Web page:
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Sheriff 'disappointed' in guards
May 05, 2004 12:00 am
Sheriff Terry Ashe has for the first time publicly criticized three former employees who pleaded guilty to charges arising from a federal investigation of the Wilson County Jail.
At the same time Ashe defended the air of silence he has maintained over the ongoing U.S. Department of Justice probe, saying he has been instructed by federal authorities not to discuss the investigation.
"I cannot comment on the investigation," Ashe said yesterday, the same response he's offered repeatedly when asked about the probe.
Characterized by federal officials as an investigation into alleged civil rights violations, three former jailers have already pleaded guilty as a result of the inquiry, launched by the January 2003 head injury death of inmate Walter S. Kuntz, 43, which was ruled a homicide by the state medical examiner.
At least two other former corrections officers are widely considered targets of the probe, according to numerous sources as well as statements FBI agents entered into the court record last November, when the first of the former jailers pleaded guilty.
At that time former corrections officer William Westmoreland pleaded guilty to assaulting an inmate while a one-time co-worker, Travis Bradley, pleaded guilty to charges of falsifying official reports and lying to investigators.
Just last month Officer John McKinney resigned shortly before he too pleaded guilty to charges of falsifying official reports detailing altercations between guards and prisoners.
"I am so disappointed in them it's unimaginable," Ashe said of his three former workers yesterday, the first time he has publicly criticized the trio since they pleaded guilty.
However he declined to discuss the investigation further, again saying he is not allowed to comment publicly on the probe, which according to FBI statements has focused "primarily" on the jail's second shift.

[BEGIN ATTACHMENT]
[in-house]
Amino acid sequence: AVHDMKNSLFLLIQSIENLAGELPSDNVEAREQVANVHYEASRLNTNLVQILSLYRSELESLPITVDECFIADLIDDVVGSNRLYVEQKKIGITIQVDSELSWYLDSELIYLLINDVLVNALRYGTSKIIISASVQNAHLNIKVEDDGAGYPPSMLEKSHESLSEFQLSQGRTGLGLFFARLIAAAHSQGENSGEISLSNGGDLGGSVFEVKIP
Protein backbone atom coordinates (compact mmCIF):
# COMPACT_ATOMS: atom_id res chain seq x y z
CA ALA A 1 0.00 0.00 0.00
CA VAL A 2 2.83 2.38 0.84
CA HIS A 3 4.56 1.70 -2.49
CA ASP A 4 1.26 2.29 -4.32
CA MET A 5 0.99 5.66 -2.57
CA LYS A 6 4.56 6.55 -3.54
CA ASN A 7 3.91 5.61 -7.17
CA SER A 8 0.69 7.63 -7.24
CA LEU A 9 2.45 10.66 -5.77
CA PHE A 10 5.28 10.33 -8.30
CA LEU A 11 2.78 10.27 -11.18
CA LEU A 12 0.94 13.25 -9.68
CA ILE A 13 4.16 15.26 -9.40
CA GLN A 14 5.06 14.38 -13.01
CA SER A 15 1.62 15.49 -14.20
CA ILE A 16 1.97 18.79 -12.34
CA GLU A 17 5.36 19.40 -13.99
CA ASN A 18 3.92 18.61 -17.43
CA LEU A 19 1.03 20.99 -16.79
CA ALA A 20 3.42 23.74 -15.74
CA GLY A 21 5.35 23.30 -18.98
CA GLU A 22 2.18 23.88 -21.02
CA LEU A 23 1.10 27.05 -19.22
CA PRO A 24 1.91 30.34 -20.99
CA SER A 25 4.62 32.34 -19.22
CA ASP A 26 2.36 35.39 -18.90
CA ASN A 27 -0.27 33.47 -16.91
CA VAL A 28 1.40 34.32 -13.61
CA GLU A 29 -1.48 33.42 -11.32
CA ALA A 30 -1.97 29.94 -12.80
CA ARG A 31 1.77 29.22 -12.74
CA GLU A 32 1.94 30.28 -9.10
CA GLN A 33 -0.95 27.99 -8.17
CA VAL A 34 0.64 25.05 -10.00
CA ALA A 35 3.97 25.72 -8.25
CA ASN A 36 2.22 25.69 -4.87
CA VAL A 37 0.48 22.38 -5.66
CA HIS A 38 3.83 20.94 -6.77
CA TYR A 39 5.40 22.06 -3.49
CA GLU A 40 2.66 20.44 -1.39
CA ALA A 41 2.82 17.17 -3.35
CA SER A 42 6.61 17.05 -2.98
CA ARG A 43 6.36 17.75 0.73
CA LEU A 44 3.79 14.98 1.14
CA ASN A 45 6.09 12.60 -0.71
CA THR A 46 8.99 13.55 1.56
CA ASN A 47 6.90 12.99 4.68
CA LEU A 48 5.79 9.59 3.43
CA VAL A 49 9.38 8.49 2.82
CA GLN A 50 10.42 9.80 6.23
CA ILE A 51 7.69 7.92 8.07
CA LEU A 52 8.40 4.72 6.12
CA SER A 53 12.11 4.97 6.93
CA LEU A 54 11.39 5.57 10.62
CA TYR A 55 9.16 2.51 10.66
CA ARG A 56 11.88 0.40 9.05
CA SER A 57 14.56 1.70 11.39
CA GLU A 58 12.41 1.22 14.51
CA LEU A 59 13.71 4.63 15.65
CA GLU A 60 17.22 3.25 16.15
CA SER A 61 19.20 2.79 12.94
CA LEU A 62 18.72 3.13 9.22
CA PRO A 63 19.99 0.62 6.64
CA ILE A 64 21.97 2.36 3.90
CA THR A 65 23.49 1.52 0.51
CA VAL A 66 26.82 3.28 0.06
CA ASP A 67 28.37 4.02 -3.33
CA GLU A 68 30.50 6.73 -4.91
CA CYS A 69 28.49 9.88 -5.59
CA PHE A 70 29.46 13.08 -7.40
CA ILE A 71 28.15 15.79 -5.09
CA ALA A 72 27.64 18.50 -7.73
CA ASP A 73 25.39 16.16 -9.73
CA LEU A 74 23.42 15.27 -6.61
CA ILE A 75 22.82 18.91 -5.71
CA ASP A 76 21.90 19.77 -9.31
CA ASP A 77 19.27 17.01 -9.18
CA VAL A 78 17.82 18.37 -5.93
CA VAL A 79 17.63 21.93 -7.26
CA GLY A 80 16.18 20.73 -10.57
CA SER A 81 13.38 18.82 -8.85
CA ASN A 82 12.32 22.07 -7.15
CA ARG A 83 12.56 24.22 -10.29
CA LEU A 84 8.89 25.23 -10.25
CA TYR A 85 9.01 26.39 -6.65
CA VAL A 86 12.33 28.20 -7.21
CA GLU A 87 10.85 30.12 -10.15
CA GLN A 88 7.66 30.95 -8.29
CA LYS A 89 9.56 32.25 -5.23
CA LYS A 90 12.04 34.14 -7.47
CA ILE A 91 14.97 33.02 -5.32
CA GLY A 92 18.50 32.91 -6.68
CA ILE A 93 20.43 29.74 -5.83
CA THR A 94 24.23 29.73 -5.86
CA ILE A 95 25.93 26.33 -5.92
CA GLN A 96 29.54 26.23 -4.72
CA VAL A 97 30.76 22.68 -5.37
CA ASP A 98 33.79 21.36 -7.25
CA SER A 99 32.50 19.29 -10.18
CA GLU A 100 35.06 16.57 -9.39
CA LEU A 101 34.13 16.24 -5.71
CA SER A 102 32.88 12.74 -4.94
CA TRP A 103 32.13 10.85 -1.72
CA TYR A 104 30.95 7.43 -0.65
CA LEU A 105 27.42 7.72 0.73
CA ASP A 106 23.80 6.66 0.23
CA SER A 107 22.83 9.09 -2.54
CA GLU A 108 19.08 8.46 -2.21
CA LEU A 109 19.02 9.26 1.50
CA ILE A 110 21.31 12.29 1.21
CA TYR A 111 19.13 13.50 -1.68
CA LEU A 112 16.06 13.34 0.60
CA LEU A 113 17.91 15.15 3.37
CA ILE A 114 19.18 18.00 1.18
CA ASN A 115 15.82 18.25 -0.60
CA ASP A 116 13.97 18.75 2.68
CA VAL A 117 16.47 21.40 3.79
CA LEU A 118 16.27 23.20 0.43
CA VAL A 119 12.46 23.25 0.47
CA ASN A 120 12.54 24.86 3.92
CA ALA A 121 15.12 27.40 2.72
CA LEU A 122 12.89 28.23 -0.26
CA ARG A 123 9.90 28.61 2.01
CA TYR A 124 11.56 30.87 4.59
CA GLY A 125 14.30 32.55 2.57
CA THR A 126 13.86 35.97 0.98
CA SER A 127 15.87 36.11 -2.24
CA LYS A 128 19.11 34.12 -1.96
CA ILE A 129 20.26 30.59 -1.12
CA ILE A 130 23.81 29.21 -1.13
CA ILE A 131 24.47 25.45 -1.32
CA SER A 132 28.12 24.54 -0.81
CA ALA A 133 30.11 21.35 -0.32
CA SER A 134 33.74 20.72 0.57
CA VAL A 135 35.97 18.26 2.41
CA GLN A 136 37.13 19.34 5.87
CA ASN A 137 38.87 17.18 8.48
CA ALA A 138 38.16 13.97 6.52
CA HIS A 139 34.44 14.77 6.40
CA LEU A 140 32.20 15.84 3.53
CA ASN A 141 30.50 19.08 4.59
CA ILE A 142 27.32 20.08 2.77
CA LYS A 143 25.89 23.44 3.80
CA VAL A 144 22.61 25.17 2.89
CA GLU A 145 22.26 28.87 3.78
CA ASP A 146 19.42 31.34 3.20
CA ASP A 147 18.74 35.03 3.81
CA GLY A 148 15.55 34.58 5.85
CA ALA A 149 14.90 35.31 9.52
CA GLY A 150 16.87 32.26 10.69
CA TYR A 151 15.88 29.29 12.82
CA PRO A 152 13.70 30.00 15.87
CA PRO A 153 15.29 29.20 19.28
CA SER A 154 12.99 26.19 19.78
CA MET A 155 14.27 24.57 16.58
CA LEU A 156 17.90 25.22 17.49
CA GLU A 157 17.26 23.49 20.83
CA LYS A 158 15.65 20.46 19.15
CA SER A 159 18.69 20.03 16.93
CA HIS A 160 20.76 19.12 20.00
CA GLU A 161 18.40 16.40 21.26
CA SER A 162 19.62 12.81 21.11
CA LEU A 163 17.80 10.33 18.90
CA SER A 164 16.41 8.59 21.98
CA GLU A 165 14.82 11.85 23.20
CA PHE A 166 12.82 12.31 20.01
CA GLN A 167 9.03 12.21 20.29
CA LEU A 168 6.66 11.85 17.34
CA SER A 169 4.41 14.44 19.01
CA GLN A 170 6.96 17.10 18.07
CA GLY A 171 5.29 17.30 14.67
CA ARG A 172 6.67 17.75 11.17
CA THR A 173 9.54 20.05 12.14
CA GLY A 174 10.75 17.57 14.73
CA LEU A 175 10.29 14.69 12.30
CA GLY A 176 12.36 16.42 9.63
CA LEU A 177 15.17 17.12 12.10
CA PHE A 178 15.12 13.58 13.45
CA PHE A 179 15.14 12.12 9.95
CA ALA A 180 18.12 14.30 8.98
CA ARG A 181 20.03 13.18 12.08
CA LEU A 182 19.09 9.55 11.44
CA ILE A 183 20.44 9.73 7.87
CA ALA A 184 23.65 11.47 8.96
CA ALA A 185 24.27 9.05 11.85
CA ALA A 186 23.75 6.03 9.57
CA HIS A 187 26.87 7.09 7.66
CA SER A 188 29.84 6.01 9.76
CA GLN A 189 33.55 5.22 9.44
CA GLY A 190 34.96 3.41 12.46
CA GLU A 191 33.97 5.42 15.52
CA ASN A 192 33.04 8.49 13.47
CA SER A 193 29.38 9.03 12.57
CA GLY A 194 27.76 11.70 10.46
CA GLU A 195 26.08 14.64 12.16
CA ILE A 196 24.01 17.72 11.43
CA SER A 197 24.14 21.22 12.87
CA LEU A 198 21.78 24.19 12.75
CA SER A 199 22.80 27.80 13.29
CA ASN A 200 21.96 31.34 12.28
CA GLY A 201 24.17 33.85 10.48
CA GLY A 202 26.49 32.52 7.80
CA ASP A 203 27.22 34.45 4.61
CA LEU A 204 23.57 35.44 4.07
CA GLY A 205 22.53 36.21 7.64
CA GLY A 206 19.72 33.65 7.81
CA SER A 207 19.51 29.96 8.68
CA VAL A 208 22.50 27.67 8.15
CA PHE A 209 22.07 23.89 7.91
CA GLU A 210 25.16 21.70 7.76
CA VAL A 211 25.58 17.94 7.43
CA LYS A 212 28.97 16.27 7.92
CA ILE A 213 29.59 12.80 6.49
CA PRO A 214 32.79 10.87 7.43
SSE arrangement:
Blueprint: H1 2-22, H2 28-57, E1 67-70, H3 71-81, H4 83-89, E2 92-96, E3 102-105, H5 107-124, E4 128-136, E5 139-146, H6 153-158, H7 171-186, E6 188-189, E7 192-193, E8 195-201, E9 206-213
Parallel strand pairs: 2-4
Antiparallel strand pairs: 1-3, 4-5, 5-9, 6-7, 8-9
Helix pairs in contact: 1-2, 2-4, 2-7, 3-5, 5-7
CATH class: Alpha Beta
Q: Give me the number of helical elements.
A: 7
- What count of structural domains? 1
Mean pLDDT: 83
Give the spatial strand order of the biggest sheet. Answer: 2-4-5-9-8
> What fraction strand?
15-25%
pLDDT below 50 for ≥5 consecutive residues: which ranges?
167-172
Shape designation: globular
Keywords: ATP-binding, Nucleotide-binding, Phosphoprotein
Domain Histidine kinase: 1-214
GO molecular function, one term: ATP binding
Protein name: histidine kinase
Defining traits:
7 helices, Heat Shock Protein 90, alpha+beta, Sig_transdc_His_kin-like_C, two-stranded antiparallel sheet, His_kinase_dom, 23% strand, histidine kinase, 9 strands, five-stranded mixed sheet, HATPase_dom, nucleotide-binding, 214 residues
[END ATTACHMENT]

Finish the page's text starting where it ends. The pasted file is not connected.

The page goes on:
Assistant U.S. Attorney Bill Cohen, one of the federal prosecutors overseeing the probe, declined to comment when asked if Ashe had been instructed to remain silent on the investigation.
"I'm not going to comment one way or another," Cohen said. "I can't comment."
However at least two other local officials close to the investigation agreed that Ashe has likely been advised by federal authorities to remain silent until the investigation is complete.
"He can't say anything right now," District Attorney General Tommy Thompson said. "Basically under the rules the federal system utilizes regarding the grand jury and other witnesses and so forth, he's not allowed to discuss the investigation at all."
Thompson – who in a recent speech was mildly critical of jail officials, saying he believes some prisoners have been abused and that Ashe "maybe… should have known" of the incidents – predicted the sheriff would freely discuss the investigation upon its conclusion.
"I think he'll have plenty to say when it's finally over and I think it's important to remember, until then, that the sheriff asked for this investigation in the first place," Thompson said. "Certainly it wouldn't be proper for him to ask for an independent investigation and then go around making public comments on it before it's finished."
County Attorney Mike Jennings said that regardless of whether Ashe was directly ordered by federal authorities to remain silent, "It's never a good idea to start making public statements about a grand jury investigation that's still going on."
"We don't really know where the grand jury is with its investigation and it just wouldn't be proper for the sheriff to make any comments about it while it's still underway," Jennings said. "That doesn't mean he or anybody else has done anything wrong or is under any suspicion by any means. It's just that when a grand jury is in session, silence is the general rule. In almost every situation, the less said, the better."
Jennings also noted that the jail has been hit with several federal civil suits alleging brutality within the jail, at least four of which are still pending, which he said makes it even more difficult for Ashe to speak out.
"It's just not a good idea to go around making public statements until you know where things stand. That would be my advice to any private client and that's my advice to the county in this situation," Jennings said.
In addition to the three former officers who have already pleaded guilty, two other one-time jailers have been widely identified as targets of the probe.
One guard, Cpl. Gary Hale, has remained on suspension since the investigation began, though his attorney, Frank Lannom of Lebanon, has repeatedly said he expects his client to eventually be exonerated of any wrongdoing.
Statements by FBI agents at the time implicated two other jailers, Sgt. Patrick Marlowe and Officer Shane Conatser, who is still employed at the jail. Marlowe resigned shortly after the probe began, reportedly telling supervisors he was "tired of the hassle" it created. Though Marlowe has been identified by numerous sources as a target of the probe, neither he nor Conatser have been charged.